Now we have a pool, running smoothly. Let's learn a bit about regular maintenance, and what to do when things go wrong.
Monitoring pool health
The simplest way to check pool status is to use
zpool status to view the pool status manually. This may be sufficient for small scale, non-critical systems; but for critical systems, we will want to know something went wrong the instant such event happens.
ZFS has a component called
ZED (ZFS event daemon), which, when configured correctly, will send emails to specified address when certain events (like scrubs, excess errors and more) happens. We will discuss the specific steps to setup ZED, as it requires setting up email forwarder on your system, and such is out-of-scope for this article. Check ZFS#Monitoring - ArchWiki for more.
It's also a good idea to use smartd to monitor and report health condition reported by the disk itself, so that we will be able to spot and replace problematic disks before it becomes catastrophic.
Configuring scheduled scrubbing
We've mentioned in the Introduction chapter that ZFS has self-healing capability, but this only applies to active data (data that are being read and/or modified). For cold data, ZFS provides a mechanism called
scrubbing. This accesses all data on the pool and validate their checksum, so that ZFS knows if all data on the pool is in good shape.
Generally, it is advised to scrub at least once a month. For consumer drives, consider to scrub even more frequently. Many distros and OSs provides scripts or tasks to do this for you. For example, for Debian and its derived distros:
Check your distro's manual for how to enable periodic scrubbing. If your distro doesn't come with one, try systemd-zpool-scrub - GitHub.
Thanks to the CoW model, creating snapshots in ZFS is incredibly cheap. Thus, we can take snapshot frequently and keep a handful of snapshots for a certain period of time, just in case we need to recover files from earlier.
Accessing files inside a snapshot
For every dataset, there's a hidden directory
.zfs under it.
ls -a won't reveal it, but we can just enter it via
cd1. Inside it, there's a folder called
snapshot, where we can find all snapshots and all files inside each snapshot.
Rolling back to a snapshot
Note that we can only rollback to the most recent snapshot. In order to rollback to an earlier snapshot, ALL snapshots after that specific snapshot will be destroyed! So if we just want to access a few files, just use the secret folder we mentioned above.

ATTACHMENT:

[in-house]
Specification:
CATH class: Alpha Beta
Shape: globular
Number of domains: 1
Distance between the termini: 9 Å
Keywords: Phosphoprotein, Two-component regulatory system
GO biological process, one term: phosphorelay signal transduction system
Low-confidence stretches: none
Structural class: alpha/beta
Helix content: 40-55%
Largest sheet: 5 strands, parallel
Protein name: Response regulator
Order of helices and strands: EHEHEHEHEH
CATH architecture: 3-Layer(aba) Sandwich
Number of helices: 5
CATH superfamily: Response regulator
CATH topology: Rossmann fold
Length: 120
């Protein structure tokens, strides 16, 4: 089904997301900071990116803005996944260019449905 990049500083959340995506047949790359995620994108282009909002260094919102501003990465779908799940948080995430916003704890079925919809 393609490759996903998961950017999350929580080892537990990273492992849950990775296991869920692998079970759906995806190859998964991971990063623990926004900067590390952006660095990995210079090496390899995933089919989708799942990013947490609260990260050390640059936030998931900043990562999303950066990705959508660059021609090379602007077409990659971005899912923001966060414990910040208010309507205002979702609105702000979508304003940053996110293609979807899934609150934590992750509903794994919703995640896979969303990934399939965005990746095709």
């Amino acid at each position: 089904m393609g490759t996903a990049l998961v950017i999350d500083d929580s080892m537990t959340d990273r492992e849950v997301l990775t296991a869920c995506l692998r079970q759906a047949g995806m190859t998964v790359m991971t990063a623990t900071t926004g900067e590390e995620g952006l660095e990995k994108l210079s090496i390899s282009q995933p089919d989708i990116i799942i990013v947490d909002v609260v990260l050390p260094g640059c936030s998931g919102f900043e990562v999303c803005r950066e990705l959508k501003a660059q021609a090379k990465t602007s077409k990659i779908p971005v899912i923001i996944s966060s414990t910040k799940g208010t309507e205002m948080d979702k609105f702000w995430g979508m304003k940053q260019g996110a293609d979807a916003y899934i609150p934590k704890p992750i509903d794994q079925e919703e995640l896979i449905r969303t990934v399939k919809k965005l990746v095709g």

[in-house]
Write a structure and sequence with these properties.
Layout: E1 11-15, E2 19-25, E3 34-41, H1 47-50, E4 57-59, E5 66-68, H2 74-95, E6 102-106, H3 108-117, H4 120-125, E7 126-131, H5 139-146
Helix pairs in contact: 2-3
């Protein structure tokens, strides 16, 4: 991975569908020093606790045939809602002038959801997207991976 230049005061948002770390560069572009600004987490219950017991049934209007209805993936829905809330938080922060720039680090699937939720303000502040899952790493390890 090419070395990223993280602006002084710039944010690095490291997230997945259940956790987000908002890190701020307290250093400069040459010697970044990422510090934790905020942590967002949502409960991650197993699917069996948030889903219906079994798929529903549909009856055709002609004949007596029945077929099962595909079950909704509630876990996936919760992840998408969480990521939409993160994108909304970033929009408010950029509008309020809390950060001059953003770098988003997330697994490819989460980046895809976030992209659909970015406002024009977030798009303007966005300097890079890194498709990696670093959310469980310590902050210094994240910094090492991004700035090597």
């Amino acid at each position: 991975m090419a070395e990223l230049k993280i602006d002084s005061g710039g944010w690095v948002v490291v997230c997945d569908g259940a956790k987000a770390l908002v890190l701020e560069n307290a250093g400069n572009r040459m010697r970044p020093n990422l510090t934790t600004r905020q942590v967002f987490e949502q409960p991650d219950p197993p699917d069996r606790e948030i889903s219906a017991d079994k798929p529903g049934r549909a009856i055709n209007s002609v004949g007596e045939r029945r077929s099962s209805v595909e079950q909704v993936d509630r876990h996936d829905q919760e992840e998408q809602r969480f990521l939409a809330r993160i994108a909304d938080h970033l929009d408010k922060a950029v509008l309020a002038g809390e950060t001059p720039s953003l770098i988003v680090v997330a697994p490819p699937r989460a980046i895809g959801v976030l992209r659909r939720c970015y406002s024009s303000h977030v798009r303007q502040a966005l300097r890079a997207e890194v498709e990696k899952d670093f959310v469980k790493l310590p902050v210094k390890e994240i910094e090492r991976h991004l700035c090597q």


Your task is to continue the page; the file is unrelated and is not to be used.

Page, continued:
Using an automated snapshot manager
There are several tools for automating ZFS snapshots. Generally, they can create snapshots periodically and delete certain old ones to maintain a certain amount of snapshots per day, month or year. Personally, I use sanoid, but other tools works too. You can even create your own, as creating snapshots is just a
mirror/RAIDz is NOT backup! Redundancy only protects against disk failures, but not scenarios like software errors (rewrite good data with garbage) and human errors!
The recommended strategy of backup in ZFS is to create snapshots and send them to a backup source. The main advantage of sending snapshots is that it preserves file history and saves backup space (as only the delta between snapshots are stored). Such source may be another ZFS pool (whether on local system or not) or a file, which can be written to a backup media like optical disc or tape. We can also send incremental data between two snapshots only, which can reduce the amount of data sent.
A common way to do backup in ZFS is to periodically attach a backup drive (or a drive array) and send the latest snapshot to the backup ZFS pool on it.
Just like taking snapshots, sending snapshots can also be automated. Many ZFS snapshot management tools either contains, or works well with replication tools. For example, Sanoid (mentioned above) has a replication tool called Syncoid that can work with Sanoid. Check your snapshot management tool's manual on how to use it to automatically send snapshots to a backup source.
In case of drive failures…
So, bad things do happen and ZFS reports faults on our drives. What we do now?
There are actually a few possible reasons for this. Sometimes it's just a power loss, which may causes some errors on filesystem level but shouldn't do much harm to modern drives. In this case, we just need to clear the errors (and probably invest a UPS!):
The other possibility is that there is, indeed, something wrong with the drive. In this case, it would be a good idea to replace the faulty drive with a good one. this can be done via using the
zpool replace command:
In case of data lost…
In many cases, when data loss do happens, ZFS will reconstruct the data from backup sources (either redundancy drives or memory cache). But if there's not enough redundancy, we lose data. Unlike traditional RAID products, ZFS can tell us exactly what files are affected:
In this situation, ZFS will not be able to recover these files for us. Hopefully you have a backup on hand, if this does happen. Consider replacing the faulty drives and introduce enough redundancy to prevent such events from happening in the future.
And this concludes our journey with ZFS! I hope this series helps you to become a competent ZFS administrator. Obviously, there are still a lot to learn about this topic, so don't stop just here: read documentations, create dummy pools and poke around, scripting automation, tweaking arguments, or even intentionally corrupt a pool and try to fix it! Reading theories are important, but it is equally important to fiddle around and get a general feeling of how things work.